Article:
Supermarkets squeezed on prices by Spain’s deputy leader Yolanda Díaz
Supermarkets in Spain are in the line of fire over inflation as the country’s deputy leader wages a campaign to press shops into cutting prices in an effort to help struggling families.
Yolanda Díaz, one of Spain’s deputy prime ministers and a contender for the top job, has intensified a political battle over living costs by pushing big supermarkets to offer an affordable “basket” of 20 to 30 staples.
Food and energy inflation sparked by the war in Ukraine is stretching family budgets across Europe and leaving governments struggling to limit the damage. Spain is hit especially hard because its relatively low average salaries mean people spend a higher proportion of their income on basics.
In an interview with the Financial Times, Díaz said: “Families are telling me they’re only giving their kids pastas and rice. They can’t access fish or meat. The fruit is very expensive. For a family that has two or three kids, it’s extremely complicated. That’s the urgent issue this country has.”
She said retailers had a duty to cut prices to help consumers, not least because the government had used public funds to support them and other businesses during coronavirus pandemic lockdowns.
“They have profit margins that permit them to reduce their profits a little and contribute to their country,” she added. “If they don’t act in this grave moment for Spain, the reputational risk for them is very high.”
Consumer price inflation stood at 10.5 per cent in Spain in August but prices of food and drink rose 13.8 per cent year-on-year, the biggest increase since the data series began in 1994, according to official figures this week. Milk inflation is running at 26 per cent.
Díaz, a longstanding member of the Communist party, stressed that she was not proposing legislation or state-mandated price controls, but was instead pushing for an “agreement” between business and government to ensure the prices of good-quality basic goods are accessible.
Her efforts have run into firm opposition. The supermarket sector says they are unhelpful even as Díaz invites its representatives for more meetings next week. Spain’s competition regulator, meanwhile, put out a statement recalling that fixing maximum prices between companies is prohibited by national and EU law.
In addition to being criticised by the reliably hostile opposition People’s party, Díaz has also been upbraided by members of her own coalition government.
Díaz, who is also labour minister, is one of Spain’s most watched politicians. She is a junior partner in the government led by Socialist prime minister Pedro Sánchez, but has already signalled a potential challenge to him in elections next year by launching a new political movement called Sumar.
Commenting on her move, Sánchez this week said there was a need for shared responsibility in business. “We have to have a balanced analysis between what the production chain represents and, logically, retail.”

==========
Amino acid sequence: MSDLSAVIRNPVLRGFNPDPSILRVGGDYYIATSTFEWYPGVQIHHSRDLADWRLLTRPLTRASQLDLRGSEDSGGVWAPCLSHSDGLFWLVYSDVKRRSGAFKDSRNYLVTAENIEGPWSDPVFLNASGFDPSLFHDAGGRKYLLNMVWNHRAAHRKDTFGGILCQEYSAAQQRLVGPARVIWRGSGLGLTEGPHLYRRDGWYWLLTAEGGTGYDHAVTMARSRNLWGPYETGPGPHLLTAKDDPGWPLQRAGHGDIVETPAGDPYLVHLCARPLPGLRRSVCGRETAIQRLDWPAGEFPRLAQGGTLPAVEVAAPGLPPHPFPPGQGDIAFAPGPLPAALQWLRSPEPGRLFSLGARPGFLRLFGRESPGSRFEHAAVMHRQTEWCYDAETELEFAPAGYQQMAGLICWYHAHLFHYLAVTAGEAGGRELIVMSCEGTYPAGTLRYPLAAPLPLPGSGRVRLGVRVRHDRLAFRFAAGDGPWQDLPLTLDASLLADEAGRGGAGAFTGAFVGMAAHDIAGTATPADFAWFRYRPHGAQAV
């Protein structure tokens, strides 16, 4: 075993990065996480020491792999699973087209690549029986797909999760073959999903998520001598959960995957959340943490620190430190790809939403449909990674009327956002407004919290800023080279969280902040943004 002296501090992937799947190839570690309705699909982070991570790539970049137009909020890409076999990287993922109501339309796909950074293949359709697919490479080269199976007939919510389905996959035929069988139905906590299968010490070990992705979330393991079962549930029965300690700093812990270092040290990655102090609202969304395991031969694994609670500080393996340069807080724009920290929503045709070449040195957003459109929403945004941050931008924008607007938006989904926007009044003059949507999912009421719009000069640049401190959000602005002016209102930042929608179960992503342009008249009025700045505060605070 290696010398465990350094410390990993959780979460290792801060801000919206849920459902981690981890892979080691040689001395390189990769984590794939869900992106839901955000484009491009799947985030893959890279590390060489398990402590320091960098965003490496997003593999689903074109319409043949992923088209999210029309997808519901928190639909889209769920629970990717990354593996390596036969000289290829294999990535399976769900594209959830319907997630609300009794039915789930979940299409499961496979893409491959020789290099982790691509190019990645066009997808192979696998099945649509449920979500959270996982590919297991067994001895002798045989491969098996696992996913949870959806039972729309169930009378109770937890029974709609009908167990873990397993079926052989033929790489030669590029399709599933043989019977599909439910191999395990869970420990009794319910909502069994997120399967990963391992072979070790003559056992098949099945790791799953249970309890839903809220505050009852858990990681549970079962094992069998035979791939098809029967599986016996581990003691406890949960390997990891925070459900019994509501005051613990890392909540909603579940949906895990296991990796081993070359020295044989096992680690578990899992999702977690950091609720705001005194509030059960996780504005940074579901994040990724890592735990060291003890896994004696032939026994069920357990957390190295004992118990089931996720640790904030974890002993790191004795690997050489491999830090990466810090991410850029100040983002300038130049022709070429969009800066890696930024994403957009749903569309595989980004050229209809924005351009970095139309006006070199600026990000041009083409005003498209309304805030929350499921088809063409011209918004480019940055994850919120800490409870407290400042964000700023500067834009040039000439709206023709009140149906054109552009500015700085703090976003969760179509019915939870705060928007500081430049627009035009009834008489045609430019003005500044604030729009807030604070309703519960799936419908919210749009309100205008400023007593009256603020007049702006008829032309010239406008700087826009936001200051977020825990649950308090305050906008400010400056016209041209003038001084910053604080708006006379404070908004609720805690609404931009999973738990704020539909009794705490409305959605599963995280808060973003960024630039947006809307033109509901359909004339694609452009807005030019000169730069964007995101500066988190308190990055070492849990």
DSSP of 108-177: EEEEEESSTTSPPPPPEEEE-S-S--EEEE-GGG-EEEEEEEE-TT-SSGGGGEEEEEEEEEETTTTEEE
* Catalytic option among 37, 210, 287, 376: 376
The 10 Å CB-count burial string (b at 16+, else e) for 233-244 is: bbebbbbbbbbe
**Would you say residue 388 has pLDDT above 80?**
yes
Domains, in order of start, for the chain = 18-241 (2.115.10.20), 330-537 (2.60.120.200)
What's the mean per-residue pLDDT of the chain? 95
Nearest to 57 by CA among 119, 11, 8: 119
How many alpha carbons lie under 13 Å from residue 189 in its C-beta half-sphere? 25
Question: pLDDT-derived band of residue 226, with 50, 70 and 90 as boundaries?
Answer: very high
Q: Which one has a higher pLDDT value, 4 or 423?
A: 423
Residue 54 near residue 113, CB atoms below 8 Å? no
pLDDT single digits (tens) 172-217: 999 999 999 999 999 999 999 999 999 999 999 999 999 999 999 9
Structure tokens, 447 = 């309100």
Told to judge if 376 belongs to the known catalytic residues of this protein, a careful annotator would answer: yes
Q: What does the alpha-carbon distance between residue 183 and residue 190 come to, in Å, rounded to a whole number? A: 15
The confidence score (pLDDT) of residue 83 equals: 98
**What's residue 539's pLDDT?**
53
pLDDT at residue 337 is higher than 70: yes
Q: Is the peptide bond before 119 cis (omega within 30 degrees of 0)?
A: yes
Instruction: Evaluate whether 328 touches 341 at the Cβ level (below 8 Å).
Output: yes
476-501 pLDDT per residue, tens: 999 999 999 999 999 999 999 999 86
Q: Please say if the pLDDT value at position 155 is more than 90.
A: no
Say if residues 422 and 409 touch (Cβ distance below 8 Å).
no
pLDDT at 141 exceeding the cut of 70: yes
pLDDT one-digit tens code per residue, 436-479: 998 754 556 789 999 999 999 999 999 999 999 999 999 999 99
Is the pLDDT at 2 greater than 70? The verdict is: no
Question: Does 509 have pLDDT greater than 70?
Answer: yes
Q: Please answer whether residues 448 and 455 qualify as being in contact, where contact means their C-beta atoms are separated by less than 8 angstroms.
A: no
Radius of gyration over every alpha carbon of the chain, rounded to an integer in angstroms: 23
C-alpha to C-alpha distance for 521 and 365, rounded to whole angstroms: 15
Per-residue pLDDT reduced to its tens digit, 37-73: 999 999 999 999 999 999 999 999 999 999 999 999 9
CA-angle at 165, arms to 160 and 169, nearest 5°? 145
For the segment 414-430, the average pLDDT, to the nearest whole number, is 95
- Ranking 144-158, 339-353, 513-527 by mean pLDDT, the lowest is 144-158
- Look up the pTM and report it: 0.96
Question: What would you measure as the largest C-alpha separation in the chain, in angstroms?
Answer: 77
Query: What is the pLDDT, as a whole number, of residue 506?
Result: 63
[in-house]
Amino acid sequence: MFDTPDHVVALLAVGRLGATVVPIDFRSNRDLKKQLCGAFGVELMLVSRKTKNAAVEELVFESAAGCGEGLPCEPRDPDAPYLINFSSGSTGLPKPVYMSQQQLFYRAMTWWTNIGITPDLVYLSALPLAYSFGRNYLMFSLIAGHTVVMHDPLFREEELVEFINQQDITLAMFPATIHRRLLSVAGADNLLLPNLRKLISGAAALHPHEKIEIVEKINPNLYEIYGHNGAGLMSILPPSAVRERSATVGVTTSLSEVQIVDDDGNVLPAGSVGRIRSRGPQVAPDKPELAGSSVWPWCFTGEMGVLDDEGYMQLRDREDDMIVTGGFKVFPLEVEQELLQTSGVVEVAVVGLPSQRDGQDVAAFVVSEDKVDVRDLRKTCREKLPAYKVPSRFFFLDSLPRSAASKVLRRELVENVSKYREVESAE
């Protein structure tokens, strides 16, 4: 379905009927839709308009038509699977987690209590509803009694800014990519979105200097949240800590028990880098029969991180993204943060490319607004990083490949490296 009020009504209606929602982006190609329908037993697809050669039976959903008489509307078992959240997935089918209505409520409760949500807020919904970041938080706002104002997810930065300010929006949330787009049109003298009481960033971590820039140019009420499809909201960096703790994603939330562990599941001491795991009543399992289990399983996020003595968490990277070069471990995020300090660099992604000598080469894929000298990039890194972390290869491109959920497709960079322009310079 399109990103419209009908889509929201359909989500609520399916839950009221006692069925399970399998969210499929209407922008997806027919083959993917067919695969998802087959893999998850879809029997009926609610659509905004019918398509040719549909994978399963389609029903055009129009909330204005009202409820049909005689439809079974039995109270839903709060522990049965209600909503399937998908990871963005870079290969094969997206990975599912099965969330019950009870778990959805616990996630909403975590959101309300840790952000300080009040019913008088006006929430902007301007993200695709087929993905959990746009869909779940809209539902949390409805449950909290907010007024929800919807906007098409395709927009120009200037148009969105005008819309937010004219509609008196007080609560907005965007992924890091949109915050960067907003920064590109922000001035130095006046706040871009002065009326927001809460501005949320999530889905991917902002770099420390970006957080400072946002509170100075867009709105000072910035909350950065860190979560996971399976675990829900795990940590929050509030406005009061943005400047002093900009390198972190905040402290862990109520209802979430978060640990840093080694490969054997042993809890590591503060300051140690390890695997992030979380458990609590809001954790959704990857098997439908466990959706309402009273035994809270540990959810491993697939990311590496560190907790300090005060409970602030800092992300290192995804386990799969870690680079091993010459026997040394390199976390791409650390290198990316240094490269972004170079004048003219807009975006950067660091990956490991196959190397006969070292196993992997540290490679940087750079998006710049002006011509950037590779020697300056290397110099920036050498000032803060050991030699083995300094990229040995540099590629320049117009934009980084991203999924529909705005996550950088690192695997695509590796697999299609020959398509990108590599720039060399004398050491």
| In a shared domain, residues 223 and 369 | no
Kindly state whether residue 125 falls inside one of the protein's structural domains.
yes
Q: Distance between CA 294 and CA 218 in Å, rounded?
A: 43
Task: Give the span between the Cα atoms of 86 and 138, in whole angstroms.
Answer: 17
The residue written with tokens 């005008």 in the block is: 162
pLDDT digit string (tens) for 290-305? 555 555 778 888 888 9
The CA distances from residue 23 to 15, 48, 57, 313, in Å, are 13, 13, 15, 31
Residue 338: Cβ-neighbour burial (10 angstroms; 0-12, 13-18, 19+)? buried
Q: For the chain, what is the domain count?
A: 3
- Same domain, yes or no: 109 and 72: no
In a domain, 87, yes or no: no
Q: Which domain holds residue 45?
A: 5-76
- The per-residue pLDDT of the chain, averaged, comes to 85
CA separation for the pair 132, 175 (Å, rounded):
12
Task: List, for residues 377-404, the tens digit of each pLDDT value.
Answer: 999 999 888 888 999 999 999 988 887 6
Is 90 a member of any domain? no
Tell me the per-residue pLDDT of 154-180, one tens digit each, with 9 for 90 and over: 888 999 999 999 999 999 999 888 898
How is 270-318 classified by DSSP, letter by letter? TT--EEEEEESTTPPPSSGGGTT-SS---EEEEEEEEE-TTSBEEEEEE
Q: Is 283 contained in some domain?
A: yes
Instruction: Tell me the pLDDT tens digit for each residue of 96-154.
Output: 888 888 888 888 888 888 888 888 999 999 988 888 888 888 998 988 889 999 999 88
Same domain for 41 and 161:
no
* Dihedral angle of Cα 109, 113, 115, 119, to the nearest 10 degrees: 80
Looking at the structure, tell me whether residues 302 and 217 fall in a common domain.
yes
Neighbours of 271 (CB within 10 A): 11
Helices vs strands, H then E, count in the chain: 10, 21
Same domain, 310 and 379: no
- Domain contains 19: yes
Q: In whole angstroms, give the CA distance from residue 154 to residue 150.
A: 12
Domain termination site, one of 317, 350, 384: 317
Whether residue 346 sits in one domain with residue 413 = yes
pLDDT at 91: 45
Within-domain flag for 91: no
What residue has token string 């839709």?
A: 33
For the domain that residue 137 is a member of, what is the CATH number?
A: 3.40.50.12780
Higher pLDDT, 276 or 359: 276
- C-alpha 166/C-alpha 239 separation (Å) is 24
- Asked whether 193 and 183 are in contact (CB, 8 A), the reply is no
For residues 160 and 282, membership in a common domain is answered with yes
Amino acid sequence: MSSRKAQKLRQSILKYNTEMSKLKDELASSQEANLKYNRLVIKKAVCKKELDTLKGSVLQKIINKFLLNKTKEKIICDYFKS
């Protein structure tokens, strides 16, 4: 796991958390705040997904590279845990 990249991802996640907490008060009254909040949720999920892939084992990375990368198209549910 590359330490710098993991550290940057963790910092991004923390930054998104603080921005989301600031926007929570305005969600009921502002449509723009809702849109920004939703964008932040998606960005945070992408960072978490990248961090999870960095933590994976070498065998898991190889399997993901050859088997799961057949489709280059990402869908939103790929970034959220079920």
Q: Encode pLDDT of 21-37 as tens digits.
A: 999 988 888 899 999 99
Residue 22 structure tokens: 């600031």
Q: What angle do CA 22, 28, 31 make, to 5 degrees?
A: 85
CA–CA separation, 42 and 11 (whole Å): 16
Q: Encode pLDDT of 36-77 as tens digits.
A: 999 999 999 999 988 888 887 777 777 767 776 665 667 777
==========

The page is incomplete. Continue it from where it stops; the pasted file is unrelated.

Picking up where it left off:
Ignacio García Magarzo, head of Asedas, a group representing supermarkets and distributors, acknowledged the “grave” cost challenge facing companies and consumers but said Díaz’s proposal was “not useful for solving the problems”. He added that her analysis of profit margins in the food supply chain was not scientific.
García Magarzo said trying to press only the biggest supermarkets into action created unwarranted division in the sector. It failed to recognise the fragmented nature of much of Spanish retail and risked leaving shoppers who did not have access to the largest chains abandoned.
He called on the government to instead temporarily slash or eliminate sales tax to tame inflation — and noted that Germany reduced its sales tax in 2020.
The only supermarket to go some way towards complying with Díaz has been the Spanish branch of Carrefour, which said it would offer a basket of 30 “essential” products for €30 until January — replicating something it has been doing in France since June.
The products include Carrefour-branded canned food, pasta, cooking oil and coffee along with a selection of drugstore items and cleaning materials.
But after its announcement, Díaz said: “The basket has to contain products that are fresh — meat, fish, fruit, vegetables and dairy products.” Spain’s other big chains are Mercadona, Lidl and Dia.
Agriculture minister Luis Planas, a member of Sánchez’s Socialist party, rebuked his fellow cabinet member, citing the need to protect smaller retail chains. “We must avoid price wars that would lead to a restructuring of the sector that is not in anyone’s interest,” he said.
Defence minister Margarita Robles accused Díaz of straying into an area beyond her ministerial remit. “I know that [Díaz] does it with the best will, but there are technical and economic aspects that need to be known.”
Farmers across the continent are under immense pressure because of the surging cost of energy and fertiliser, which adds to the difficulty of keeping prices low.
Alberto Núñez Feijóo, leader of the People’s party, said: “We have seen once again the frivolity with which people’s important issues are treated. The meat, dairy and vegetable producers can no longer cope because they have to pay more for everything . . . Not taking into account that producers can no longer manage seems to me to be the opposite of any reasonable proposal from the government.”